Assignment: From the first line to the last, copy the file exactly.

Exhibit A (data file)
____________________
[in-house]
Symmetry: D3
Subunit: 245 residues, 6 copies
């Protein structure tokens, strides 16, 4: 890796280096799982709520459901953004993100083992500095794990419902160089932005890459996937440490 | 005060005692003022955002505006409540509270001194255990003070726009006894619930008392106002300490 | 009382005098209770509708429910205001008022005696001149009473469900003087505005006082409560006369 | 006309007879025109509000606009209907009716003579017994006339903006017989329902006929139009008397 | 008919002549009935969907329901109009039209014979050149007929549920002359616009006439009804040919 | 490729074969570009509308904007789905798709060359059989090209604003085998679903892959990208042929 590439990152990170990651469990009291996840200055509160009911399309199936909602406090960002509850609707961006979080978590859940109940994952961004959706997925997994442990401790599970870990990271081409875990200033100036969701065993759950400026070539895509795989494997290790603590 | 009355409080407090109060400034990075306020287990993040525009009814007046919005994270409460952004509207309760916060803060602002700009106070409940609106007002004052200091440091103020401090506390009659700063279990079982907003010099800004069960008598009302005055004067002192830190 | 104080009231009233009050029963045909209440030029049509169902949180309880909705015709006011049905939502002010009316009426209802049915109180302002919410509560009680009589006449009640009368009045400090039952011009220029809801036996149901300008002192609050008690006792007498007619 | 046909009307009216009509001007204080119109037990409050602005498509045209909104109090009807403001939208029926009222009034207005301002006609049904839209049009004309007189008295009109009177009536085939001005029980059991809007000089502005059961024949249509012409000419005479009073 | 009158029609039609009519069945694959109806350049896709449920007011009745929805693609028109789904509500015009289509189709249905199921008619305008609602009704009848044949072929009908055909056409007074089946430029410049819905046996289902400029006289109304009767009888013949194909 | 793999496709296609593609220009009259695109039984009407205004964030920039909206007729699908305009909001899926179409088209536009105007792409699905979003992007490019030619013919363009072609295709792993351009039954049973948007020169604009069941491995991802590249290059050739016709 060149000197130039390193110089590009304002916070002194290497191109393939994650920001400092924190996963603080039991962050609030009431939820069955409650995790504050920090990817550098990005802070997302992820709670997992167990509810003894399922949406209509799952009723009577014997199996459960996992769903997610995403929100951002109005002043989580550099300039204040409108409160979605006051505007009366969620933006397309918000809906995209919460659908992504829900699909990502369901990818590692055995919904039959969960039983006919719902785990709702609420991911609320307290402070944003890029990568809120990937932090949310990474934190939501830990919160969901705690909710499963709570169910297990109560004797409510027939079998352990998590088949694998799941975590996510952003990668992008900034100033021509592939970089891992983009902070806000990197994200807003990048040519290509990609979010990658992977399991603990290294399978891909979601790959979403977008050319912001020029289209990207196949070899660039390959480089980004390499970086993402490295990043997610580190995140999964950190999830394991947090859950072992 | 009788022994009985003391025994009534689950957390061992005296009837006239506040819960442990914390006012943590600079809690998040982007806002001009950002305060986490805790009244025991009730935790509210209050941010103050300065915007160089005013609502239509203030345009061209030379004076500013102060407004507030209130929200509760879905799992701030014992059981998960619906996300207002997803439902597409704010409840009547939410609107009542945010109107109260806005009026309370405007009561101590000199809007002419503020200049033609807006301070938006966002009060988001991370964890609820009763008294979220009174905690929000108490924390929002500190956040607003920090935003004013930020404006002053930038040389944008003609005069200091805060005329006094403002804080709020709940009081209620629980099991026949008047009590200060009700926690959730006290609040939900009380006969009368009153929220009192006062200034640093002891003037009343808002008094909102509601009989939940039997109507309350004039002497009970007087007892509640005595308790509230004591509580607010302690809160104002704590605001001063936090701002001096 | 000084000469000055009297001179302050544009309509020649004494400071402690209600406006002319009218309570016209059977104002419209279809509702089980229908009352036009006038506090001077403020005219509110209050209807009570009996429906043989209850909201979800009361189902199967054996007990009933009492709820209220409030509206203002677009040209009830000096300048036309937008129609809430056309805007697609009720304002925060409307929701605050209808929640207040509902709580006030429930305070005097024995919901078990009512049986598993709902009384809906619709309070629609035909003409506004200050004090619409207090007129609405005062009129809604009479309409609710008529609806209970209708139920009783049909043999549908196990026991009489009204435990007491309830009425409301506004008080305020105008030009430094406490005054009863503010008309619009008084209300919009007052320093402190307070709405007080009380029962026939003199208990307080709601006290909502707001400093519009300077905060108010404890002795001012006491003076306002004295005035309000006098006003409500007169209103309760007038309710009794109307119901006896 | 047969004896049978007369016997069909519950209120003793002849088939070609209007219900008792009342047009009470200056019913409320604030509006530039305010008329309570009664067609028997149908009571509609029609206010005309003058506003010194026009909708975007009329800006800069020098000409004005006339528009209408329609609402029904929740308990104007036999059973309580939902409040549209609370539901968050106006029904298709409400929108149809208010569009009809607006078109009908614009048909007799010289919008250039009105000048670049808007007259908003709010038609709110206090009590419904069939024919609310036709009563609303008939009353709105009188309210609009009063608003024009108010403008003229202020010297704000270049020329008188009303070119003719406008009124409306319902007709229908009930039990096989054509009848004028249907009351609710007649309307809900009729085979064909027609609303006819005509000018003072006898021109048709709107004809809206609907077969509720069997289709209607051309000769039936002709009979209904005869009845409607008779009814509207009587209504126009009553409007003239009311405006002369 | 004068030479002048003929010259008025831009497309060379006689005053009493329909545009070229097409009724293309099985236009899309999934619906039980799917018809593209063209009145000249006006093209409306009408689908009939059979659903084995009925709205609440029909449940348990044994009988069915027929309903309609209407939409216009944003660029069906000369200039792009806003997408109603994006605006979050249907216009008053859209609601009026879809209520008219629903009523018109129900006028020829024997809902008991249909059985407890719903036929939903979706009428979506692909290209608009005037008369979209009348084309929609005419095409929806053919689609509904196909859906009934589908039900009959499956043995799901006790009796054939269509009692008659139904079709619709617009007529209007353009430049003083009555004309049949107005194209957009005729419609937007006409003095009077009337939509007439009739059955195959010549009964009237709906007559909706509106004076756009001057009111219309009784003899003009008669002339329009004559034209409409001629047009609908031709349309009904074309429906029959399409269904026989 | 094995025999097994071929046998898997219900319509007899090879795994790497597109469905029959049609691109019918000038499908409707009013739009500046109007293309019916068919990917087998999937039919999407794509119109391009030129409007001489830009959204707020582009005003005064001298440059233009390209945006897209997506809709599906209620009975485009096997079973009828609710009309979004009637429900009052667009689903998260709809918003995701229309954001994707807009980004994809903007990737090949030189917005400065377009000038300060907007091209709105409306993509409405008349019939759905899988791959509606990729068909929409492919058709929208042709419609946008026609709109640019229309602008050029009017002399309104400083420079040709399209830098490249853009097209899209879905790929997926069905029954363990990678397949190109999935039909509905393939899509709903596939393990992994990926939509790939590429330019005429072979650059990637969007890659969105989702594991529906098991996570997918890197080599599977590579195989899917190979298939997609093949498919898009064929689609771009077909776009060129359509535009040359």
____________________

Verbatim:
[in-house]
Symmetry: D3
Subunit: 245 residues, 6 copies
């Protein structure tokens, strides 16, 4: 890796280096799982709520459901953004993100083992500095794990419902160089932005890459996937440490 | 005060005692003022955002505006409540509270001194255990003070726009006894619930008392106002300490 | 009382005098209770509708429910205001008022005696001149009473469900003087505005006082409560006369 | 006309007879025109509000606009209907009716003579017994006339903006017989329902006929139009008397 | 008919002549009935969907329901109009039209014979050149007929549920002359616009006439009804040919 | 490729074969570009509308904007789905798709060359059989090209604003085998679903892959990208042929 590439990152990170990651469990009291996840200055509160009911399309199936909602406090960002509850609707961006979080978590859940109940994952961004959706997925997994442990401790599970870990990271081409875990200033100036969701065993759950400026070539895509795989494997290790603590 | 009355409080407090109060400034990075306020287990993040525009009814007046919005994270409460952004509207309760916060803060602002700009106070409940609106007002004052200091440091103020401090506390009659700063279990079982907003010099800004069960008598009302005055004067002192830190 | 104080009231009233009050029963045909209440030029049509169902949180309880909705015709006011049905939502002010009316009426209802049915109180302002919410509560009680009589006449009640009368009045400090039952011009220029809801036996149901300008002192609050008690006792007498007619 | 046909009307009216009509001007204080119109037990409050602005498509045209909104109090009807403001939208029926009222009034207005301002006609049904839209049009004309007189008295009109009177009536085939001005029980059991809007000089502005059961024949249509012409000419005479009073 | 009158029609039609009519069945694959109806350049896709449920007011009745929805693609028109789904509500015009289509189709249905199921008619305008609602009704009848044949072929009908055909056409007074089946430029410049819905046996289902400029006289109304009767009888013949194909 | 793999496709296609593609220009009259695109039984009407205004964030920039909206007729699908305009909001899926179409088209536009105007792409699905979003992007490019030619013919363009072609295709792993351009039954049973948007020169604009069941491995991802590249290059050739016709 060149000197130039390193110089590009304002916070002194290497191109393939994650920001400092924190996963603080039991962050609030009431939820069955409650995790504050920090990817550098990005802070997302992820709670997992167990509810003894399922949406209509799952009723009577014997199996459960996992769903997610995403929100951002109005002043989580550099300039204040409108409160979605006051505007009366969620933006397309918000809906995209919460659908992504829900699909990502369901990818590692055995919904039959969960039983006919719902785990709702609420991911609320307290402070944003890029990568809120990937932090949310990474934190939501830990919160969901705690909710499963709570169910297990109560004797409510027939079998352990998590088949694998799941975590996510952003990668992008900034100033021509592939970089891992983009902070806000990197994200807003990048040519290509990609979010990658992977399991603990290294399978891909979601790959979403977008050319912001020029289209990207196949070899660039390959480089980004390499970086993402490295990043997610580190995140999964950190999830394991947090859950072992 | 009788022994009985003391025994009534689950957390061992005296009837006239506040819960442990914390006012943590600079809690998040982007806002001009950002305060986490805790009244025991009730935790509210209050941010103050300065915007160089005013609502239509203030345009061209030379004076500013102060407004507030209130929200509760879905799992701030014992059981998960619906996300207002997803439902597409704010409840009547939410609107009542945010109107109260806005009026309370405007009561101590000199809007002419503020200049033609807006301070938006966002009060988001991370964890609820009763008294979220009174905690929000108490924390929002500190956040607003920090935003004013930020404006002053930038040389944008003609005069200091805060005329006094403002804080709020709940009081209620629980099991026949008047009590200060009700926690959730006290609040939900009380006969009368009153929220009192006062200034640093002891003037009343808002008094909102509601009989939940039997109507309350004039002497009970007087007892509640005595308790509230004591509580607010302690809160104002704590605001001063936090701002001096 | 000084000469000055009297001179302050544009309509020649004494400071402690209600406006002319009218309570016209059977104002419209279809509702089980229908009352036009006038506090001077403020005219509110209050209807009570009996429906043989209850909201979800009361189902199967054996007990009933009492709820209220409030509206203002677009040209009830000096300048036309937008129609809430056309805007697609009720304002925060409307929701605050209808929640207040509902709580006030429930305070005097024995919901078990009512049986598993709902009384809906619709309070629609035909003409506004200050004090619409207090007129609405005062009129809604009479309409609710008529609806209970209708139920009783049909043999549908196990026991009489009204435990007491309830009425409301506004008080305020105008030009430094406490005054009863503010008309619009008084209300919009007052320093402190307070709405007080009380029962026939003199208990307080709601006290909502707001400093519009300077905060108010404890002795001012006491003076306002004295005035309000006098006003409500007169209103309760007038309710009794109307119901006896 | 047969004896049978007369016997069909519950209120003793002849088939070609209007219900008792009342047009009470200056019913409320604030509006530039305010008329309570009664067609028997149908009571509609029609206010005309003058506003010194026009909708975007009329800006800069020098000409004005006339528009209408329609609402029904929740308990104007036999059973309580939902409040549209609370539901968050106006029904298709409400929108149809208010569009009809607006078109009908614009048909007799010289919008250039009105000048670049808007007259908003709010038609709110206090009590419904069939024919609310036709009563609303008939009353709105009188309210609009009063608003024009108010403008003229202020010297704000270049020329008188009303070119003719406008009124409306319902007709229908009930039990096989054509009848004028249907009351609710007649309307809900009729085979064909027609609303006819005509000018003072006898021109048709709107004809809206609907077969509720069997289709209607051309000769039936002709009979209904005869009845409607008779009814509207009587209504126009009553409007003239009311405006002369 | 004068030479002048003929010259008025831009497309060379006689005053009493329909545009070229097409009724293309099985236009899309999934619906039980799917018809593209063209009145000249006006093209409306009408689908009939059979659903084995009925709205609440029909449940348990044994009988069915027929309903309609209407939409216009944003660029069906000369200039792009806003997408109603994006605006979050249907216009008053859209609601009026879809209520008219629903009523018109129900006028020829024997809902008991249909059985407890719903036929939903979706009428979506692909290209608009005037008369979209009348084309929609005419095409929806053919689609509904196909859906009934589908039900009959499956043995799901006790009796054939269509009692008659139904079709619709617009007529209007353009430049003083009555004309049949107005194209957009005729419609937007006409003095009077009337939509007439009739059955195959010549009964009237709906007559909706509106004076756009001057009111219309009784003899003009008669002339329009004559034209409409001629047009609908031709349309009904074309429906029959399409269904026989 | 094995025999097994071929046998898997219900319509007899090879795994790497597109469905029959049609691109019918000038499908409707009013739009500046109007293309019916068919990917087998999937039919999407794509119109391009030129409007001489830009959204707020582009005003005064001298440059233009390209945006897209997506809709599906209620009975485009096997079973009828609710009309979004009637429900009052667009689903998260709809918003995701229309954001994707807009980004994809903007990737090949030189917005400065377009000038300060907007091209709105409306993509409405008349019939759905899988791959509606990729068909929409492919058709929208042709419609946008026609709109640019229309602008050029009017002399309104400083420079040709399209830098490249853009097209899209879905790929997926069905029954363990990678397949190109999935039909509905393939899509709903596939393990992994990926939509790939590429330019005429072979650059990637969007890659969105989702594991529906098991996570997918890197080599599977590579195989899917190979298939997609093949498919898009064929689609771009077909776009060129359509535009040359």